What is the copyright for this data?

In general, facts are free (as in freedom), and are not copyrightable. Hence, users of this archive can use the factual information contained in the bug data archives without any restriction.

How can I reference this work?

If you publish something based on this data, we would be happy if you could attribute its source. Appropriate citation is our paper: Change Bursts as Defect Predictors.
Nachiappan Nagappan, Andreas Zeller, Thomas Zimmermann, Kim Herzig, and Brendan Murphy: Change Bursts as Defect Predictors, Proceeding ISSRE '10 Proceedings of the 2010 IEEE 21st International Symposium on Software Reliability Engineering Pages 309-318.
Here's the citation in BibTeX format:
 author = {Nagappan, Nachiappan and Zeller, Andreas and Zimmermann, Thomas and Herzig, Kim and Murphy, Brendan},
 title = {Change Bursts as Defect Predictors},
 booktitle = {Proceedings of the 2010 IEEE 21st International Symposium on Software Reliability Engineering},
 series = {ISSRE '10},
 year = {2010},
 isbn = {978-0-7695-4255-3},
 pages = {309--318},
 numpages = {10},
 url = {},
 doi = {10.1109/ISSRE.2010.25},
 acmid = {1914387},
 publisher = {IEEE Computer Society},
 address = {Washington, DC, USA},
Also, we will be happy to hear about your results using our dataset and cite your papers on this page.

What's in the Data?

What is in the packages?

Unzip one of the archives. The resulting folder contains three subfolders: hourly, daily, weekly. To compute change bursts, we split the development history into a series of events at which we would assume there could be some change or not. The sub-folders represent data sets for different definitions of these events:
  • hourly: changes applied within the same hour will be collected. Hours in which no changes have been applied will be ignored.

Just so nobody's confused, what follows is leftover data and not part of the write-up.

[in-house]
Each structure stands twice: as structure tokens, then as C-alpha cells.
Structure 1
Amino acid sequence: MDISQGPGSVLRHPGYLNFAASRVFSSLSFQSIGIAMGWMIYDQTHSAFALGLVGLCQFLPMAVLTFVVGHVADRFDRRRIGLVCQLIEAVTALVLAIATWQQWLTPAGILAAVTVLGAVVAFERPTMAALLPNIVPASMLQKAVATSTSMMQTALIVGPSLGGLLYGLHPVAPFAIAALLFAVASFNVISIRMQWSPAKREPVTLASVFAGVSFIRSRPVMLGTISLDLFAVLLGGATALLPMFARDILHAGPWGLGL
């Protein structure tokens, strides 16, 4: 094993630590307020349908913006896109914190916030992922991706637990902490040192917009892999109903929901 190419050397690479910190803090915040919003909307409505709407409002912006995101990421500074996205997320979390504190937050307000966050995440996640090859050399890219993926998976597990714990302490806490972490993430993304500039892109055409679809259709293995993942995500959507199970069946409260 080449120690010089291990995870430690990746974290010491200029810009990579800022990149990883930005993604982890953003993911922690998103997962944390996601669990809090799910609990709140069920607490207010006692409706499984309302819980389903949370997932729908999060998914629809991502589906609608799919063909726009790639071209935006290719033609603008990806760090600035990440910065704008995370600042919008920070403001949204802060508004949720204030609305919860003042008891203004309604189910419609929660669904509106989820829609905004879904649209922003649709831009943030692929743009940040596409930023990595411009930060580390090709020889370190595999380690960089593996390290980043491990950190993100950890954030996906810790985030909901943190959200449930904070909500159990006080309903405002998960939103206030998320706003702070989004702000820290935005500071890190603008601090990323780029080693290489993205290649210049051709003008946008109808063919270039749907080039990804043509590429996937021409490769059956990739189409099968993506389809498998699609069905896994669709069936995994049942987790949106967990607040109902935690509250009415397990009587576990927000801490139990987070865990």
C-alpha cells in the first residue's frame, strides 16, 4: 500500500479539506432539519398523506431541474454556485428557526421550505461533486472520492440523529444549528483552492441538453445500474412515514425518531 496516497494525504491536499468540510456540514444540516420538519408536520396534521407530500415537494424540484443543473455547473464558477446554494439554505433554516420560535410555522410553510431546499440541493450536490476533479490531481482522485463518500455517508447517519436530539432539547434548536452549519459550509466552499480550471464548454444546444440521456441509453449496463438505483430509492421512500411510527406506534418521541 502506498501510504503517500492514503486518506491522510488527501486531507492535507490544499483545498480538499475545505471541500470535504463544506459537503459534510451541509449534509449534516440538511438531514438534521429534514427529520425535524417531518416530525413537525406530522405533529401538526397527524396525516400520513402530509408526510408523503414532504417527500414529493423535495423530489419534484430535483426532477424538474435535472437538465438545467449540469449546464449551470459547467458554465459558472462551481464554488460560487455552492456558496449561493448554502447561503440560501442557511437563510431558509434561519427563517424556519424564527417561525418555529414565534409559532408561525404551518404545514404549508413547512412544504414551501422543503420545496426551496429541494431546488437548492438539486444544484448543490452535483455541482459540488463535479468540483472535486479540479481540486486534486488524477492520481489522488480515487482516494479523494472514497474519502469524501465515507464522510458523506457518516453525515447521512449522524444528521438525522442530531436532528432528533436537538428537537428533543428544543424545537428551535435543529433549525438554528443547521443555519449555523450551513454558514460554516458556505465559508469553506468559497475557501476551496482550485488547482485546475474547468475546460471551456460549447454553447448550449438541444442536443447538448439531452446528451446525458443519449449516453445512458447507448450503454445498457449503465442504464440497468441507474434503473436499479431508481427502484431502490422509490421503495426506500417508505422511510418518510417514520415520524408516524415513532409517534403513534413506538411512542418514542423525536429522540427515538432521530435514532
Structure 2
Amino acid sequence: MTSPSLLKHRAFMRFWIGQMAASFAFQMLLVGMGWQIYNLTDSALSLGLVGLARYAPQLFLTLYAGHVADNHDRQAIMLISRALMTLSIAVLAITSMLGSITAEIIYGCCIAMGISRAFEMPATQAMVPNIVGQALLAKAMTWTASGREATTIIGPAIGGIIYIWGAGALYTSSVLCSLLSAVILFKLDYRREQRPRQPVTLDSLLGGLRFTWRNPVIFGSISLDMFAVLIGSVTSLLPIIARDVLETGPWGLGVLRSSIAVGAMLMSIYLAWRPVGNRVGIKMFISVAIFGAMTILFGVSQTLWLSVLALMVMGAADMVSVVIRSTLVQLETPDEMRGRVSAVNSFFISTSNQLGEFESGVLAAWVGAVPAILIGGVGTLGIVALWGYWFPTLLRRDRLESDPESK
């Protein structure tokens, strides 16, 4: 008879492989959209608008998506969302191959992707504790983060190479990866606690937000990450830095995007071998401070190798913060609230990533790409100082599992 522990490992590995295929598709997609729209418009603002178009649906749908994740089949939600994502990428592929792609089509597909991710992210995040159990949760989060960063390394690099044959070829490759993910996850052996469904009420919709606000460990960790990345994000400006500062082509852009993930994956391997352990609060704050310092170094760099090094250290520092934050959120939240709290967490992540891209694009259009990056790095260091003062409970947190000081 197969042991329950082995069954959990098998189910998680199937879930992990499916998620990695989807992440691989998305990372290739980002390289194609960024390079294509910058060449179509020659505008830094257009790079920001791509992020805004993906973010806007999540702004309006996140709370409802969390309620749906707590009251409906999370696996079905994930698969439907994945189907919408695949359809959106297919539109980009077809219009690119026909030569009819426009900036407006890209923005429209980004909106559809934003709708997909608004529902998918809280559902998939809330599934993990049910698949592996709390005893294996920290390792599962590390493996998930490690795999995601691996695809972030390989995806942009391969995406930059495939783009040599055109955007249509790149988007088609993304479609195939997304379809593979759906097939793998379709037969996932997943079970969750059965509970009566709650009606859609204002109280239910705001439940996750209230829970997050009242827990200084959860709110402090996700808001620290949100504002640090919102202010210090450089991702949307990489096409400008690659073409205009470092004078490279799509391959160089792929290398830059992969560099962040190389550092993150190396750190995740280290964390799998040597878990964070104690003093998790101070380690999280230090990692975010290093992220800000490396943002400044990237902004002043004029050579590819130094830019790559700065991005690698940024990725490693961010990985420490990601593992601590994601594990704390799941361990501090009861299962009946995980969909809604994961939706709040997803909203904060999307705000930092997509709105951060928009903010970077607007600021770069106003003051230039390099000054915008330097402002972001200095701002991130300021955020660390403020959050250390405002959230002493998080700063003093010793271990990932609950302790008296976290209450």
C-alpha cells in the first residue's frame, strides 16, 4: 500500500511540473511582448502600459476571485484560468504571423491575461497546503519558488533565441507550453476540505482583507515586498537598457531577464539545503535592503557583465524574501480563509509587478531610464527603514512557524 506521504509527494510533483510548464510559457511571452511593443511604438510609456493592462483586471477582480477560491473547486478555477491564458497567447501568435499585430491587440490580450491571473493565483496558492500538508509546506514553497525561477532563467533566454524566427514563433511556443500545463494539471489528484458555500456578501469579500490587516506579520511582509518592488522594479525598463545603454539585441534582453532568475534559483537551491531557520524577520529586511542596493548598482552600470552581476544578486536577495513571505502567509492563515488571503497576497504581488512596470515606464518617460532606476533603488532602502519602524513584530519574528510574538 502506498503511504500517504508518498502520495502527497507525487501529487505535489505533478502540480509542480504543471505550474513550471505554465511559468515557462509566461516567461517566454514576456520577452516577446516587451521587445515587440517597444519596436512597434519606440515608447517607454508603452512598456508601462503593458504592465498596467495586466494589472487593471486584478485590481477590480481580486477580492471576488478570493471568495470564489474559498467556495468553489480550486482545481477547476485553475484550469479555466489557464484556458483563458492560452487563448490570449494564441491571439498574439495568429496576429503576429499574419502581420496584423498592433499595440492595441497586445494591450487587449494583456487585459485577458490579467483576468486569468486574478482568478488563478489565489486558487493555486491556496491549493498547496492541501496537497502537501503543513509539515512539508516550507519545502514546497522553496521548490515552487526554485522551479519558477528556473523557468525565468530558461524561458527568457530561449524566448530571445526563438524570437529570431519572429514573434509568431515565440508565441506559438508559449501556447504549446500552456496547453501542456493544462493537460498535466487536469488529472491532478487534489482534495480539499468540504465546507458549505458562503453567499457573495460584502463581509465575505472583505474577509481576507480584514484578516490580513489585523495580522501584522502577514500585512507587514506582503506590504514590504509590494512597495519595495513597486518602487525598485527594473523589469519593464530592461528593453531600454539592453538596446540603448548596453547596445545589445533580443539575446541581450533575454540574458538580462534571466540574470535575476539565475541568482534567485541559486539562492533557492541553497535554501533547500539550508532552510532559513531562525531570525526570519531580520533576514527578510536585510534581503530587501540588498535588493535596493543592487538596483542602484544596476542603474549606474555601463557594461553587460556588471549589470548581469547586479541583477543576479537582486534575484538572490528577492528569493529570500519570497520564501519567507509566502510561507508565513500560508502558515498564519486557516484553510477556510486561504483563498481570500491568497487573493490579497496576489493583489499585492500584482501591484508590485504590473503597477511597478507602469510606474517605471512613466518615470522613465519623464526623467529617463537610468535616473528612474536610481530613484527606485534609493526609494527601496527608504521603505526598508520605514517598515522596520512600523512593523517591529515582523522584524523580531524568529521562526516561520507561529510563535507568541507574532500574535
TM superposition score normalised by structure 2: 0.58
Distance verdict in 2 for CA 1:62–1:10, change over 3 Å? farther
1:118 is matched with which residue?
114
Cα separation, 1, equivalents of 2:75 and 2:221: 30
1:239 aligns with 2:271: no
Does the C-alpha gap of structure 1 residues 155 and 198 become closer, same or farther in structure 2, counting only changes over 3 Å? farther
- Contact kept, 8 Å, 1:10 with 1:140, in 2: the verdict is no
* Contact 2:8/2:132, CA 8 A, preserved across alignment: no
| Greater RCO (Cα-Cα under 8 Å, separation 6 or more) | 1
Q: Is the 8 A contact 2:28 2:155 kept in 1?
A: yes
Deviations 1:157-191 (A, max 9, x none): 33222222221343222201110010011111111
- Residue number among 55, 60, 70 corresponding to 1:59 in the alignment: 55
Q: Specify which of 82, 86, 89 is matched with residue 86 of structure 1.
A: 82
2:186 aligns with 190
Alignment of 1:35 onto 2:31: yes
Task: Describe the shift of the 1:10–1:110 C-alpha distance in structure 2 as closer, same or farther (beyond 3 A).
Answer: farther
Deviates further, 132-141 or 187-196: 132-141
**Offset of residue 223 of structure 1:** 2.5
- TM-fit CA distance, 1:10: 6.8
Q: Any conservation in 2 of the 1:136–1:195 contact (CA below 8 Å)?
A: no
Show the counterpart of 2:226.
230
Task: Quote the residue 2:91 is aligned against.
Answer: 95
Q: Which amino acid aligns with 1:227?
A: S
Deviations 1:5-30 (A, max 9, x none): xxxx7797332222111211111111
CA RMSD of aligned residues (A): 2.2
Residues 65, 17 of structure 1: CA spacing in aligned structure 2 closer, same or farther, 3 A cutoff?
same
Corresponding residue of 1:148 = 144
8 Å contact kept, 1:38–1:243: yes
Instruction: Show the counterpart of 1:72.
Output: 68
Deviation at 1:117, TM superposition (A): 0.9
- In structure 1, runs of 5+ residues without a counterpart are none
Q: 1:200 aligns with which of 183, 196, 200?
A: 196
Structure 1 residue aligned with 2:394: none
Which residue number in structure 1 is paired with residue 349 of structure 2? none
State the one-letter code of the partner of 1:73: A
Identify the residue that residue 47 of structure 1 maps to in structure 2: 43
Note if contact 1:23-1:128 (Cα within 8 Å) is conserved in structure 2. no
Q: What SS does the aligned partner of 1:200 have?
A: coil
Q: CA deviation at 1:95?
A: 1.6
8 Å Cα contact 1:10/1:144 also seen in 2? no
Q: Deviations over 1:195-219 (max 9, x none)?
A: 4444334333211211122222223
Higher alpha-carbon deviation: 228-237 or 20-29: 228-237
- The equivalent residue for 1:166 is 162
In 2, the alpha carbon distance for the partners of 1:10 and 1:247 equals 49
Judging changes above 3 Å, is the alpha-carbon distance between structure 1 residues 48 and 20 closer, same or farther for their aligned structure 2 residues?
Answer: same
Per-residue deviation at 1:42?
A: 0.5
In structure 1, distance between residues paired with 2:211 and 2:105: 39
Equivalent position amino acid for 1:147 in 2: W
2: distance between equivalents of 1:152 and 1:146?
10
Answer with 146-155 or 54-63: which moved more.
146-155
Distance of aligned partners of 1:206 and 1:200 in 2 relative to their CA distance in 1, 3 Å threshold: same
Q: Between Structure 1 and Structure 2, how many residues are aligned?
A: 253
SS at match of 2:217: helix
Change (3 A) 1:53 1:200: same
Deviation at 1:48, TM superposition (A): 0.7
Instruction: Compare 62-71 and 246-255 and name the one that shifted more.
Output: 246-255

• daily: changes applied within the same day will be collected. Days for which no changes have been found will be ignored.
  • weekly: changes applied within the same week will be collected. Weeks for which no changes have been found will be ignored.
Within each of these frequency folders, you find sub-folders determining the granularity level you want to work on: classes or packages.

On the next level you can choose the Eclipse versions we investigated: Eclipse 2.0, Eclipse 2.1 and Eclipse 3.0.

Within each granularity folder you will find the actual change burst data sets. Each filename is of the form


Thus, each filename is specific to an eclipse version <VERSION>, a specific gap size <GAP_SIZE>, and a specific burst size <BURST_SIZE> (for definitions of gap size and burst size, please read our paper). For each Eclipse version, we computed all combinations of burst and change sizes between 1 and 10. The ZIP-package also contains a copy of our paper.

What is the data format?

The provided CSV files contain change burst metrics for each java source file of the Eclipse project. Each column in CSV file represents one metric. A list of metrics including description is given in the paper.